Commonwealth Writers’ Prize regional winners’ shortlist includes two Ghanaians!

I feel proud to say that I have read both of the works written by Ghanaians which have been included in the 2010 Commonwealth Writers’ Prize regional shortlists.

These are:

Ayesha Harruna Attah’s Harmattan rain, which is shortlisted for the Africa regional first book, which I mentioned earlier.

Nii Ayikwei Parkes’ Tail of the blue bird, which is shortlisted under the South Asia and Europe category for a first book.  I did mention in an earlier post having considerable palaver in actually getting a hold of this book, but once I did I actually enjoyed it.

Not surprisingly the rest of the African nominees were either from South Africa or Nigeria.  But still I do feel pretty proud.  Yeah Ghana!

Unfortunately there hasn’t been much coverage of this news in the Ghanaian press, apart from an article in The Daily Dispatch of 23 February 2010 – not online though, so I can’t include a link.  Maybe there will be more in the next few days?

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5 thoughts on “Commonwealth Writers’ Prize regional winners’ shortlist includes two Ghanaians!

  1. Hello,

    Congratulations to these Ghanaian writers!
    I have not read Ayesha Attah’s book yet, difficult to purchase from the Netherlands (also)unfortunately. It seems to me that Ghanaian writers have great difficulty to get any attention from critics or journalists for their works. Considering the women writers, there seems to be a great void since Ama Ata Aidoo’s fantastic works. Amma Darko gets some reviews, and recently someone here told me about Evelyn Owusu’s Against the tide. Or am I forgetting someone, any readingtips?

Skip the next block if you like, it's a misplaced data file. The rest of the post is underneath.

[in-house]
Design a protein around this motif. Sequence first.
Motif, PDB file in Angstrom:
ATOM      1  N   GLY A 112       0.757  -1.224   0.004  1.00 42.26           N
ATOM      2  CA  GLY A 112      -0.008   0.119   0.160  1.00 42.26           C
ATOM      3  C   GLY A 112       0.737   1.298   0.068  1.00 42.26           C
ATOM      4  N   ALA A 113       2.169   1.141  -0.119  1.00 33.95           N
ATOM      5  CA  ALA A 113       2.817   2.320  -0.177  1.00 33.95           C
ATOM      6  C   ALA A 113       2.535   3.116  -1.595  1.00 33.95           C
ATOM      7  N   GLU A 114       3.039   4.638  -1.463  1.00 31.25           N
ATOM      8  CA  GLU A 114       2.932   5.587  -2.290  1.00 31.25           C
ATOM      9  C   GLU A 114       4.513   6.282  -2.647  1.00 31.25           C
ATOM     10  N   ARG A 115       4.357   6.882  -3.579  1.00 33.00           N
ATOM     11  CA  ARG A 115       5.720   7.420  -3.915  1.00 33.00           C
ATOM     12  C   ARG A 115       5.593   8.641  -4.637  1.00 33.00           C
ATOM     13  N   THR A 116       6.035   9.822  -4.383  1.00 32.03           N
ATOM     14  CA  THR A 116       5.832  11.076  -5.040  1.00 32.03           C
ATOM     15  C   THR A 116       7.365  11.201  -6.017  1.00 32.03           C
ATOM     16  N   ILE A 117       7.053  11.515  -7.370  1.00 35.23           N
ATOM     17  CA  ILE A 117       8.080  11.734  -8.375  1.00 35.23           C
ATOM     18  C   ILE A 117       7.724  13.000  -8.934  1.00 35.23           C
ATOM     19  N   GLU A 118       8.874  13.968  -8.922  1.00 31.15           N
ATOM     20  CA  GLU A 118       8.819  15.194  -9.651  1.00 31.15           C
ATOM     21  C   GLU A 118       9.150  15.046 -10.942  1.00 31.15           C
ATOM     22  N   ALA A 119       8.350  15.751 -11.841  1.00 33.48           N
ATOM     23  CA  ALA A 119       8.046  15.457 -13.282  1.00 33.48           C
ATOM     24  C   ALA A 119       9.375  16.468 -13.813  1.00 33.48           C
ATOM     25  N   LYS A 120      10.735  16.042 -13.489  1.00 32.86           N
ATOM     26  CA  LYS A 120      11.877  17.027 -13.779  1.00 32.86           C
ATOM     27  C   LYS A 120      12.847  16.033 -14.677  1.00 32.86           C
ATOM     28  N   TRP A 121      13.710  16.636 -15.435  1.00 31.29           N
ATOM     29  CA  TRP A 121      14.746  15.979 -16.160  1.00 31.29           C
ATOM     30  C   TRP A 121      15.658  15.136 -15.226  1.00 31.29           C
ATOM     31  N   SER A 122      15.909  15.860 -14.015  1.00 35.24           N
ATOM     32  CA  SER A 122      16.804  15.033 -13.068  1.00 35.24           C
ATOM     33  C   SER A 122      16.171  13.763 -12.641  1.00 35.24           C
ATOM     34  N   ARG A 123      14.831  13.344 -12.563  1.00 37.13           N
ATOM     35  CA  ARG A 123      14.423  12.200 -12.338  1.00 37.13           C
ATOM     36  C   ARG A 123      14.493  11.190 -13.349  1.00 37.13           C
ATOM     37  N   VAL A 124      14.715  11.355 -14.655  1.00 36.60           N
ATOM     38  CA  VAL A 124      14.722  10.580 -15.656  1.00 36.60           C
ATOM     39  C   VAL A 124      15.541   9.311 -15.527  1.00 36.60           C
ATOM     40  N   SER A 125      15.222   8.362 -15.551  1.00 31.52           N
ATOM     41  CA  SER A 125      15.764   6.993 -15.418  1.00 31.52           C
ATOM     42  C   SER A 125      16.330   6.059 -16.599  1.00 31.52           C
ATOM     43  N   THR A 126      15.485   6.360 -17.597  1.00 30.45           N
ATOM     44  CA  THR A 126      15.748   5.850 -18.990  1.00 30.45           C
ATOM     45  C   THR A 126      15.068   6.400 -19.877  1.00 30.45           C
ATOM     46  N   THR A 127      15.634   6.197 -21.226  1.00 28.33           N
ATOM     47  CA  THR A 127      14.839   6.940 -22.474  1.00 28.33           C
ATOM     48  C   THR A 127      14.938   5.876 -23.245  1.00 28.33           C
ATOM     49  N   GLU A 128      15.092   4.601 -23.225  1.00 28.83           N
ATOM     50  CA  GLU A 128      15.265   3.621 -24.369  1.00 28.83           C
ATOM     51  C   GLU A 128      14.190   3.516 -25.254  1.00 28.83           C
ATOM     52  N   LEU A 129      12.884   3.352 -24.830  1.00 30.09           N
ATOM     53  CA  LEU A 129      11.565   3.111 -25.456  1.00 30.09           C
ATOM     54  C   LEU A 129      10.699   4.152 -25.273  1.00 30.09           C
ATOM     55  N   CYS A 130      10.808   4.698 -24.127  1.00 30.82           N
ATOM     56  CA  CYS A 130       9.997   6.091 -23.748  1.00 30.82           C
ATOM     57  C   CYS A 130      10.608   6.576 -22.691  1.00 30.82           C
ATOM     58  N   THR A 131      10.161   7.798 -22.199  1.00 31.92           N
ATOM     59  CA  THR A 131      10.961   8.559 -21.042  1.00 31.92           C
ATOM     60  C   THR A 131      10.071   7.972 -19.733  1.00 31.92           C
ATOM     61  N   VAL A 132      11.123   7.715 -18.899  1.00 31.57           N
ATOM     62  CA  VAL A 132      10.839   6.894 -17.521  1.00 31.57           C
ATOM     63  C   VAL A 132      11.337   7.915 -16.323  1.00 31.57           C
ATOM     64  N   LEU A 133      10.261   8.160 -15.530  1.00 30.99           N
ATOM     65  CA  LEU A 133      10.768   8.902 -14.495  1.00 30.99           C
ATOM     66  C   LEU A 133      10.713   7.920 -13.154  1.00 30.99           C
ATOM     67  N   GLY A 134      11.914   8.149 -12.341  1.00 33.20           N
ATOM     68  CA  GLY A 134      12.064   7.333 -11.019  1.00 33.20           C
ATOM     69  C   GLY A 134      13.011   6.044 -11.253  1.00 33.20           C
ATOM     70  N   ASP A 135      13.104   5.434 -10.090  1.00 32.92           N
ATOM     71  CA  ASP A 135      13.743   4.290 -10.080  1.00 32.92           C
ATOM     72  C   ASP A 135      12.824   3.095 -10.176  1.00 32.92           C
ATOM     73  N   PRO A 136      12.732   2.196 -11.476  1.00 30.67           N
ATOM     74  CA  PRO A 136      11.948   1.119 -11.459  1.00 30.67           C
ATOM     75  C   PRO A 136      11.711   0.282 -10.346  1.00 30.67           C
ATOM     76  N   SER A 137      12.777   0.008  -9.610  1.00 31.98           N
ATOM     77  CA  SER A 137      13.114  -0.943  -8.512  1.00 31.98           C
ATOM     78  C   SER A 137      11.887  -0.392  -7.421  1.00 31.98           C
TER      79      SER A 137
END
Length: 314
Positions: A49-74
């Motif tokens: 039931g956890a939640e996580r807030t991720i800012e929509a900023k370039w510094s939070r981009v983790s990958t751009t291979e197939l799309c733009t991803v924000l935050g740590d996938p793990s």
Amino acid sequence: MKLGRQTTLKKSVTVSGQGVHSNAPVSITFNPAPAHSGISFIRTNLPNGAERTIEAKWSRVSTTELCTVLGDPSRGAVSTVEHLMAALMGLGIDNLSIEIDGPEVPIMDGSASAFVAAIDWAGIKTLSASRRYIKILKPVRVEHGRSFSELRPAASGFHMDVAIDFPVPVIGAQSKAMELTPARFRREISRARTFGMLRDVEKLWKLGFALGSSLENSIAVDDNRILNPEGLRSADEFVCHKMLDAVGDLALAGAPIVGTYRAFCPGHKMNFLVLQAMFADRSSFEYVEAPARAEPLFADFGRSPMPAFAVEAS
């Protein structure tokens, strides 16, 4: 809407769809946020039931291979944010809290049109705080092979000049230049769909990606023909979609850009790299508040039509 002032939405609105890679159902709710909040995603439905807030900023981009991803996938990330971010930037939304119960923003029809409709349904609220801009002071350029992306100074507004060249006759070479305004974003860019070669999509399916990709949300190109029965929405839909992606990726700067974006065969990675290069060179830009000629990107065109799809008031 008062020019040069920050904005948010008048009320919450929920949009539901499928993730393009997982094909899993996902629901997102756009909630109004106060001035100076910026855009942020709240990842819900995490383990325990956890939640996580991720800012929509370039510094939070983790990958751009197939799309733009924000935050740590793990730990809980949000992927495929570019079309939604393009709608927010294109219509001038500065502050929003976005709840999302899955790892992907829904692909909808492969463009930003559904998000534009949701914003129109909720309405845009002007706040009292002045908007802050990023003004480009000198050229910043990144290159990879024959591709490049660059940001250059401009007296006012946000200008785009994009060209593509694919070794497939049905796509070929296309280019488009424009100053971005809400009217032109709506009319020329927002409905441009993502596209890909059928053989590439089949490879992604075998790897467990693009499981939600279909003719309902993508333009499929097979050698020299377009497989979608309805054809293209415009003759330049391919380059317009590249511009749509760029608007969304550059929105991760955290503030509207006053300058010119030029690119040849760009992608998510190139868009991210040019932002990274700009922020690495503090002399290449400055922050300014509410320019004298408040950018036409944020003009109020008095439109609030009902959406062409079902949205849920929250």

I like to read the blog and good luck with the readingchallenge!

    Marie

  2. If you think it is difficult to get a hold of books by Ghanaians in the Netherlands, I don’t know what to say about our situation here in Ghana. Ayesha Attah’s book was published by Per Ankh, in Senegal, and as far as I know it doesn’t seem to have yet appeared on sites such as Amazon. Re women writers: the ones I know of tend to write short stories – Mamle Kabu, Franka Andoh, Alba Sumprim – some of which were published in the Caine Prize 2009 collection. I haven’t read anything by Evelyn Owusu – again availability here is an issue

  3. One more new novel: Circles by Boakyewaa Glover. You’re right about the dearth of novelists. I’m in two minds about the whole thing. At one point, i wanted to write novels. High literature and all that good stuff, but now i’m questioning it. I don’t want my book(s) to end up sitting on shelves gathering dust. I want to be a read writer. But novels/literature does not always sell. I’m leaning towards telling my stories in a more fun, friendly tone. It’s a choice i’ll have to make. Do I want to be a best-selling author or do i want to write high literature which no one reads? It may be possible to do both. Maybe you do the popular stuff first, and then once you’re well loved, you write a literature book, people who claim they don’t read will read it. Of course there’s the risk of getting so sucked into the popular stuff you never write any “real literature”:)

  4. Pingback: Mamle Kabu and the Caine Prize « Accra books and things Weblog

  5. Pingback: Celebrating a new generation of Ghanaian Authors (Part One) | This & That | 233 Life & Style

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